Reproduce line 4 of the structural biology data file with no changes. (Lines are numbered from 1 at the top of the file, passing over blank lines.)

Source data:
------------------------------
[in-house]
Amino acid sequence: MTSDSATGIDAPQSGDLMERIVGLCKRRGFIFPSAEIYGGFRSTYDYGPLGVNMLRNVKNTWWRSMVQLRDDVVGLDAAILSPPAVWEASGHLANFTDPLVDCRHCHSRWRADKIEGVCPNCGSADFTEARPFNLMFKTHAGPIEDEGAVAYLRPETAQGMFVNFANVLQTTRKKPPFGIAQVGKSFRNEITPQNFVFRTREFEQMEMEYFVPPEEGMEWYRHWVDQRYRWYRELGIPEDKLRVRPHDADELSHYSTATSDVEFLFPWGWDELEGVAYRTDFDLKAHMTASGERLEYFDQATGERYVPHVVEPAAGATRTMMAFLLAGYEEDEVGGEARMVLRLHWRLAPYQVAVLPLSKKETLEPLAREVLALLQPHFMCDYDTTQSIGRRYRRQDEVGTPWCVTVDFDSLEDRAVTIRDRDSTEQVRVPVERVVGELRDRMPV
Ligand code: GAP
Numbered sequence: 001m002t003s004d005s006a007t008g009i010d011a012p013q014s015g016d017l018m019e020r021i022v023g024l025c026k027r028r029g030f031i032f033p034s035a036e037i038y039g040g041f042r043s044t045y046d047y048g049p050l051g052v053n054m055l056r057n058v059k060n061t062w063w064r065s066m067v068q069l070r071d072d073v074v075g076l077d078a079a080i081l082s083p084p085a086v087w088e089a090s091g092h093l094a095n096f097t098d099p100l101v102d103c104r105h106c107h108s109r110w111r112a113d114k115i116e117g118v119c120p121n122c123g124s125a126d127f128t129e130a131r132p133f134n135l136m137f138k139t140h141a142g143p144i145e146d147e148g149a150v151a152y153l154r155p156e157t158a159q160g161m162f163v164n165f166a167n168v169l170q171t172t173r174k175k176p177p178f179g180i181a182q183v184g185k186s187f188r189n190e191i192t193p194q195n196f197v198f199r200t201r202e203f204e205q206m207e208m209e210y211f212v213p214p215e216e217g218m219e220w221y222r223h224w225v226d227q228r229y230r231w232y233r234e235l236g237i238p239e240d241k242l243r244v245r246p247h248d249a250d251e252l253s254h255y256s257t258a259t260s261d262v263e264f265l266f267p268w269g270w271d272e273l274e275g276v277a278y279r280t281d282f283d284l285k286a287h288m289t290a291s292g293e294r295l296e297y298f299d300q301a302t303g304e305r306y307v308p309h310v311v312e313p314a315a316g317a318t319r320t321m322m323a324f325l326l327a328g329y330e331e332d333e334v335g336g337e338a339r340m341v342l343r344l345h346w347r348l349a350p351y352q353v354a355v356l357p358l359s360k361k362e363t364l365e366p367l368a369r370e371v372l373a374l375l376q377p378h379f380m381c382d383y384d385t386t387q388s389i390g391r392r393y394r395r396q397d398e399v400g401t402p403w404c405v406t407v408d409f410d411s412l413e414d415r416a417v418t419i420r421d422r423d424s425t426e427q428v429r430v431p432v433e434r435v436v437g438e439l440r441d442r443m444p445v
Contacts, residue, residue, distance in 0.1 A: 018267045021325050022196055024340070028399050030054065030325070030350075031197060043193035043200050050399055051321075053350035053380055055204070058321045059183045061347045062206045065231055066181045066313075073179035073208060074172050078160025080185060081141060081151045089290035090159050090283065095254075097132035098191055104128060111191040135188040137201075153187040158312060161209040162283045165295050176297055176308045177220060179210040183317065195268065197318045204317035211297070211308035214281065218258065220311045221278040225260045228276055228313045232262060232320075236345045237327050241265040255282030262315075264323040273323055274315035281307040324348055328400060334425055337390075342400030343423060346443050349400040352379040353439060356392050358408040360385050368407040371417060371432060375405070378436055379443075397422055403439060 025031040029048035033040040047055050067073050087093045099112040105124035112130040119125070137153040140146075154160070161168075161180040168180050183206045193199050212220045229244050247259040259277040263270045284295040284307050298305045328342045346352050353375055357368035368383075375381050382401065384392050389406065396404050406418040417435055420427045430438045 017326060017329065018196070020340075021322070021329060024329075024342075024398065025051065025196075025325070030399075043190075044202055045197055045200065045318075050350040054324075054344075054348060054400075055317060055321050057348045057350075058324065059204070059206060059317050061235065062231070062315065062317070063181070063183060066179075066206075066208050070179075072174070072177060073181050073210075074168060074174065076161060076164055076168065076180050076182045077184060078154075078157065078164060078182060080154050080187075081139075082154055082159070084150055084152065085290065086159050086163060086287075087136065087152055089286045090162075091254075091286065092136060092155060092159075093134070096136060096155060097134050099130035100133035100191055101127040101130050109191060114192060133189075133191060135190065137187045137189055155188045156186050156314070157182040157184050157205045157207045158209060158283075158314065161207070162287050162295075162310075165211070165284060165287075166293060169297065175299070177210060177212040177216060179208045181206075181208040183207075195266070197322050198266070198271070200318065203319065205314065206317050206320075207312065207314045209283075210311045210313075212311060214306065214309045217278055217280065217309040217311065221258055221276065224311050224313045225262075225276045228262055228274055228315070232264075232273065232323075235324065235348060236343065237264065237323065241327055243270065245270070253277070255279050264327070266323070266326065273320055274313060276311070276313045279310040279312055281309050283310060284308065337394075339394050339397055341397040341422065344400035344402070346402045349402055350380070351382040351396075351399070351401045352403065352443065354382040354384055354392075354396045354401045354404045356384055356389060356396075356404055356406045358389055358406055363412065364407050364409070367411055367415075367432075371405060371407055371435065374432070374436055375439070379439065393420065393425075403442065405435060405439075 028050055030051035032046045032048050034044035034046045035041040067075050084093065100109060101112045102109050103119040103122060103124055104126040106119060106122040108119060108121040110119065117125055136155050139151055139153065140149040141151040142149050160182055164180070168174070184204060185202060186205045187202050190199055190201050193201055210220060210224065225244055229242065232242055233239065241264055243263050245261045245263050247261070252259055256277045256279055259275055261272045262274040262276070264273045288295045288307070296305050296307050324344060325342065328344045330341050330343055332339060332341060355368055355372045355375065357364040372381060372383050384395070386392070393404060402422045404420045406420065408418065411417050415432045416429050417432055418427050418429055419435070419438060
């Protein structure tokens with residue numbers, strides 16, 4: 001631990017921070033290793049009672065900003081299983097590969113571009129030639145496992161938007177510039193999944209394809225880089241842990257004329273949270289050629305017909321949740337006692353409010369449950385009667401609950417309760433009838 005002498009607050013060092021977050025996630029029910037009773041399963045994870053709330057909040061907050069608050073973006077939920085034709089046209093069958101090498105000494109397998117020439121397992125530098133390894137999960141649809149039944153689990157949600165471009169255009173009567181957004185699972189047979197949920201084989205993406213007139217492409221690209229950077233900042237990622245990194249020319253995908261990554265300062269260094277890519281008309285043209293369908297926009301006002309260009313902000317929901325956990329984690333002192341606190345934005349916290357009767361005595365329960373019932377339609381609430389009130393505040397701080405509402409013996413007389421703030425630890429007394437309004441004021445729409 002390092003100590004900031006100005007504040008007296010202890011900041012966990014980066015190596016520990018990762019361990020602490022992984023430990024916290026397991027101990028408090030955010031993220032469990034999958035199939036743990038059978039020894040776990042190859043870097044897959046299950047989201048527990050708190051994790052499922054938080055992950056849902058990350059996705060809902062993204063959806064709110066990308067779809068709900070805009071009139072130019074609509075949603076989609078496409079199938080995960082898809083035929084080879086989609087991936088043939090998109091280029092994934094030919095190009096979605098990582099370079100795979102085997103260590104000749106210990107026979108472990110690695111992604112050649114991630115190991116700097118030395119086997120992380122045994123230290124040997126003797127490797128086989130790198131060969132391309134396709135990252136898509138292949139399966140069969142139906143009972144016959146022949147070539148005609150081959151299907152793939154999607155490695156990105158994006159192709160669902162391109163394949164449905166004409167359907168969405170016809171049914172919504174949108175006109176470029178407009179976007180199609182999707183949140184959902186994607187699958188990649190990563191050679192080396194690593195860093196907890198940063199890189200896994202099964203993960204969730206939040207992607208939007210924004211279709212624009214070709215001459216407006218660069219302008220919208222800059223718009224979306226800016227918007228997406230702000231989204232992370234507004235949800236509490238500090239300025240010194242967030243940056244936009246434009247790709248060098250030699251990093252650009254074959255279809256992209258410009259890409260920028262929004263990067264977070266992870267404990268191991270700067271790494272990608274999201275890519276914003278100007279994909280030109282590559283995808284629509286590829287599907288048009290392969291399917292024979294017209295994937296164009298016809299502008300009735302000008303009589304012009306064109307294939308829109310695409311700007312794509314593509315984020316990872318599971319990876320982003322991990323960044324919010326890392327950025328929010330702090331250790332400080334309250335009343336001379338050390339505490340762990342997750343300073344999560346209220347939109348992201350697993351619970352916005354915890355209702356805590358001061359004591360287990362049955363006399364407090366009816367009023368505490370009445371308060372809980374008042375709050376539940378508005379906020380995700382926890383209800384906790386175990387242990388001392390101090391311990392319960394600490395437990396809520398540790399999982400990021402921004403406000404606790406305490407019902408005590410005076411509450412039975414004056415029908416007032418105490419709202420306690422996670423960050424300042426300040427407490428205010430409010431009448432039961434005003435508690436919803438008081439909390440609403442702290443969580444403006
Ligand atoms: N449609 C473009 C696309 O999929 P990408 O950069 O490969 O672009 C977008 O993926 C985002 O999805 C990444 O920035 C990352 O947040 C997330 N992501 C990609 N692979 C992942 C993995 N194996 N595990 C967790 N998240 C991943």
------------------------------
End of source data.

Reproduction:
Numbered sequence: 001m002t003s004d005s006a007t008g009i010d011a012p013q014s015g016d017l018m019e020r021i022v023g024l025c026k027r028r029g030f031i032f033p034s035a036e037i038y039g040g041f042r043s044t045y046d047y048g049p050l051g052v053n054m055l056r057n058v059k060n061t062w063w064r065s066m067v068q069l070r071d072d073v074v075g076l077d078a079a080i081l082s083p084p085a086v087w088e089a090s091g092h093l094a095n096f097t098d099p100l101v102d103c104r105h106c107h108s109r110w111r112a113d114k115i116e117g118v119c120p121n122c123g124s125a126d127f128t129e130a131r132p133f134n135l136m137f138k139t140h141a142g143p144i145e146d147e148g149a150v151a152y153l154r155p156e157t158a159q160g161m162f163v164n165f166a167n168v169l170q171t172t173r174k175k176p177p178f179g180i181a182q183v184g185k186s187f188r189n190e191i192t193p194q195n196f197v198f199r200t201r202e203f204e205q206m207e208m209e210y211f212v213p214p215e216e217g218m219e220w221y222r223h224w225v226d227q228r229y230r231w232y233r234e235l236g237i238p239e240d241k242l243r244v245r246p247h248d249a250d251e252l253s254h255y256s257t258a259t260s261d262v263e264f265l266f267p268w269g270w271d272e273l274e275g276v277a278y279r280t281d282f283d284l285k286a287h288m289t290a291s292g293e294r295l296e297y298f299d300q301a302t303g304e305r306y307v308p309h310v311v312e313p314a315a316g317a318t319r320t321m322m323a324f325l326l327a328g329y330e331e332d333e334v335g336g337e338a339r340m341v342l343r344l345h346w347r348l349a350p351y352q353v354a355v356l357p358l359s360k361k362e363t364l365e366p367l368a369r370e371v372l373a374l375l376q377p378h379f380m381c382d383y384d385t386t387q388s389i390g391r392r393y394r395r396q397d398e399v400g401t402p403w404c405v406t407v408d409f410d411s412l413e414d415r416a417v418t419i420r421d422r423d424s425t426e427q428v429r430v431p432v433e434r435v436v437g438e439l440r441d442r443m444p445v